Injury. The word runners fear. Or ignore.
Mid-summer of 2017 began my battle with injuries. I’m generally not one to ignore them, so once I felt plantar fasciitis in my left heel I went to a doctor. You probably know the drill: x-ray followed by cortisone shots and inserts. Advice from everyone on different things to do to relieve the pain: ice-cold water bottles, splinting the foot while asleep, foam rolling 3x/day, etc. I kept this up (with 2 more rounds of cortisone shots) so I could run the Twin Cities Marathon with my friends. The plane tickets were purchased, and t-shirts were being made. I was going to run no matter what. And run I did with tears coming down my face from the pain.
Upon my return, I went to see a friend who happens to be a physical therapist. Her first reaction was, “This is a fracture, not plantar fasciitis,” and into a boot, I went. Oh, the plans I had for my 6-week adventure in a boot. I was going to work my upper body so hard and jump on my bike. Reality: I watched a lot of Netflix and continued to eat as if I were training for long-distance races. I did have some fun while on the scooter though…
I’m cleared to run again! YAY! Training for the Berlin Marathon can start, and I have plenty of time to ramp up. I sign up with my local running club, get a coach, and make sure my shoes are ready. The first 3 weeks go wonderfully. I feel like a new person and am so happy to be outside sweating again (I live in Florida – we’re always sweating.) Then comes a beautiful Saturday in early June on mile 5 of a 9-mile run. Something feels off, almost like a pulled muscle but much worse. My right hip and groin area are on fire. I finish the run (how? No idea.), get home to shower and realize I cannot walk up the stairs. Fast forward an ER visit, regular doctor visit and specialist visit I have three different diagnoses and not one makes sense. Off I go to my favorite physical therapist who suggested an MRI to look for a hip labral tear. Turns out she’s right again. Six more weeks with not only no running, but also no spinning or stairs.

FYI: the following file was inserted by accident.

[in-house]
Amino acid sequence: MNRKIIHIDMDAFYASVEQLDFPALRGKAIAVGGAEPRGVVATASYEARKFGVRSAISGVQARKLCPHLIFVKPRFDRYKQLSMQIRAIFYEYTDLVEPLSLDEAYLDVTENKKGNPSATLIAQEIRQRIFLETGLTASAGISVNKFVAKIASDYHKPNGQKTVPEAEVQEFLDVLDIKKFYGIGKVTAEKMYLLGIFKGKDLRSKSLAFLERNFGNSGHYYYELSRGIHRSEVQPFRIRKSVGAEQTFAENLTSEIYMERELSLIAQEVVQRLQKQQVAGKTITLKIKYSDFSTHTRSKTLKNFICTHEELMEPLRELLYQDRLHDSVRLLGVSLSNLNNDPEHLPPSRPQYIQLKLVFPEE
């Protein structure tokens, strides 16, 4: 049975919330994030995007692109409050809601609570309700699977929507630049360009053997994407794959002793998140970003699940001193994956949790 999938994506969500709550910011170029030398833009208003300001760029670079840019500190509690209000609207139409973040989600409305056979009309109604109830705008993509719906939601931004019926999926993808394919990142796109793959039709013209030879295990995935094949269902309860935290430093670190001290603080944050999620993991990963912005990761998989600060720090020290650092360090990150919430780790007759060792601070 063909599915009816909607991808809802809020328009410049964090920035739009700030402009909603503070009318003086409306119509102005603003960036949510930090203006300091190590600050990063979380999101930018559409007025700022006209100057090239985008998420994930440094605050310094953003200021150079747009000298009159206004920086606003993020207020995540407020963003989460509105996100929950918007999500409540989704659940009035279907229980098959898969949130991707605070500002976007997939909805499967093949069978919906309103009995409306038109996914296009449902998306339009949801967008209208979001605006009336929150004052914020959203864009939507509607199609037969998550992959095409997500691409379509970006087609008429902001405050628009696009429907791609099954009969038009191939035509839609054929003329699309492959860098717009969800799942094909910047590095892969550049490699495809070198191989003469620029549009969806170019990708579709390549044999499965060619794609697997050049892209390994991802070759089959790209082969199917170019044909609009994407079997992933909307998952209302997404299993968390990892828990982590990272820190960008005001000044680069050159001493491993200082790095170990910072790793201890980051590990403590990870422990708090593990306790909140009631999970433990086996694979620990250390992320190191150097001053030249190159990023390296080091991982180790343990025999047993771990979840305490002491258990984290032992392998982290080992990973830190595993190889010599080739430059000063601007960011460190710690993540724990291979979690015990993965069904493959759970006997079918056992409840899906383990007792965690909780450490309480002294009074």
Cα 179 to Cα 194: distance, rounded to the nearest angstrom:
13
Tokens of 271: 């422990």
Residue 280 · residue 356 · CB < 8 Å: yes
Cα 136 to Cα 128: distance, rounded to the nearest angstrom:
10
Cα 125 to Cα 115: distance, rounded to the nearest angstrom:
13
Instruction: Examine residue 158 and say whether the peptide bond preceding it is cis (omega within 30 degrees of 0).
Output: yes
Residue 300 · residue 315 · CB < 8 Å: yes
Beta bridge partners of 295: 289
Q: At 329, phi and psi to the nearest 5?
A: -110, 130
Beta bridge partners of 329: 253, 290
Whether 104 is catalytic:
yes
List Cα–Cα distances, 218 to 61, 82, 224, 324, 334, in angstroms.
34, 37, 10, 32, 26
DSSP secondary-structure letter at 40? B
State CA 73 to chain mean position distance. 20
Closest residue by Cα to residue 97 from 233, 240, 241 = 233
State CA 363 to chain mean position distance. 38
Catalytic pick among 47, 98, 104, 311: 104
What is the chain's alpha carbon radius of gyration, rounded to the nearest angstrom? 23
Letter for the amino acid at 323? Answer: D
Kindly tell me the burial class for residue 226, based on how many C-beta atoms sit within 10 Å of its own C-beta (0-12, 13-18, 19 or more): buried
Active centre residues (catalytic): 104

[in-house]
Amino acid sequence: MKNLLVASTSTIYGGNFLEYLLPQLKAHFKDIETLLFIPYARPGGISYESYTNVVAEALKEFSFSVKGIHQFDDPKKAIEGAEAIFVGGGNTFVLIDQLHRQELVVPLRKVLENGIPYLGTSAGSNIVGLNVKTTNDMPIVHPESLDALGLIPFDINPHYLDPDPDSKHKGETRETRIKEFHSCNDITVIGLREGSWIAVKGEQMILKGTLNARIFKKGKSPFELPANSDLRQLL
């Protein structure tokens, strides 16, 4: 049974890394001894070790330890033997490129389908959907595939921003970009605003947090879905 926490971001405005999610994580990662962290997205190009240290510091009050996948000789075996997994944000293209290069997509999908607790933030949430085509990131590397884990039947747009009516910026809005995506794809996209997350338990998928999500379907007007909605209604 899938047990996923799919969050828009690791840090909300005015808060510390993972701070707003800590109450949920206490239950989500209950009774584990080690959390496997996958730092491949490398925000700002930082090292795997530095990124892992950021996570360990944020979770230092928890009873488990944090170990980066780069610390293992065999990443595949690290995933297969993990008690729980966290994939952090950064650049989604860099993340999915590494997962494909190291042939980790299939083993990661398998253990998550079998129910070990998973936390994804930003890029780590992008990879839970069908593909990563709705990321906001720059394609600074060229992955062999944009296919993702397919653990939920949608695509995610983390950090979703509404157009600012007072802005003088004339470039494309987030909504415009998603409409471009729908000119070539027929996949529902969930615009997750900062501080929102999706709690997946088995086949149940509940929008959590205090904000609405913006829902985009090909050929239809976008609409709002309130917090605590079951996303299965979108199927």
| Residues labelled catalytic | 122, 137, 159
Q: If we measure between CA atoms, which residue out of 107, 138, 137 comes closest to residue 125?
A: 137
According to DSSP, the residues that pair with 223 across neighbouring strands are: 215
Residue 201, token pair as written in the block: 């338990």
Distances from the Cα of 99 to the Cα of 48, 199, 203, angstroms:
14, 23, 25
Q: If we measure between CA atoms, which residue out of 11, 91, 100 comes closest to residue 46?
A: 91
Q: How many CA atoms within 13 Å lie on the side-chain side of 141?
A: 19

My first few runs back were 1 mile and felt good. Good because I was out there again! Not great because even a mile is tough when you’ve put on close to 15 pounds in the year of injuries, your lungs think you’re nuts, and your legs forgot to move in a run pattern. But guess what? I was coming back! For real! It’s now been 8 weeks and I ran 10 miles this past weekend. I’ve had to adjust my pace and intervals (was 10:1 and am now 4:1) however it’s ok. I’d rather be slower and healthy than back on the couch.
Advice for coming back from injury: take your time. If you are feeling impatient read this blog again because I didn’t take my time between injuries and was out longer and depression reared its ugly head. I won’t lie and tell you it’s easy to come back. I learned to love sleeping past 5:00 am on weekdays and 3:00 am on weekends. Because of weight gain, there are exactly 1 pair of shorts that fit and 2 shirts. You know what though? It’s ok because I’m doing what I love. Running.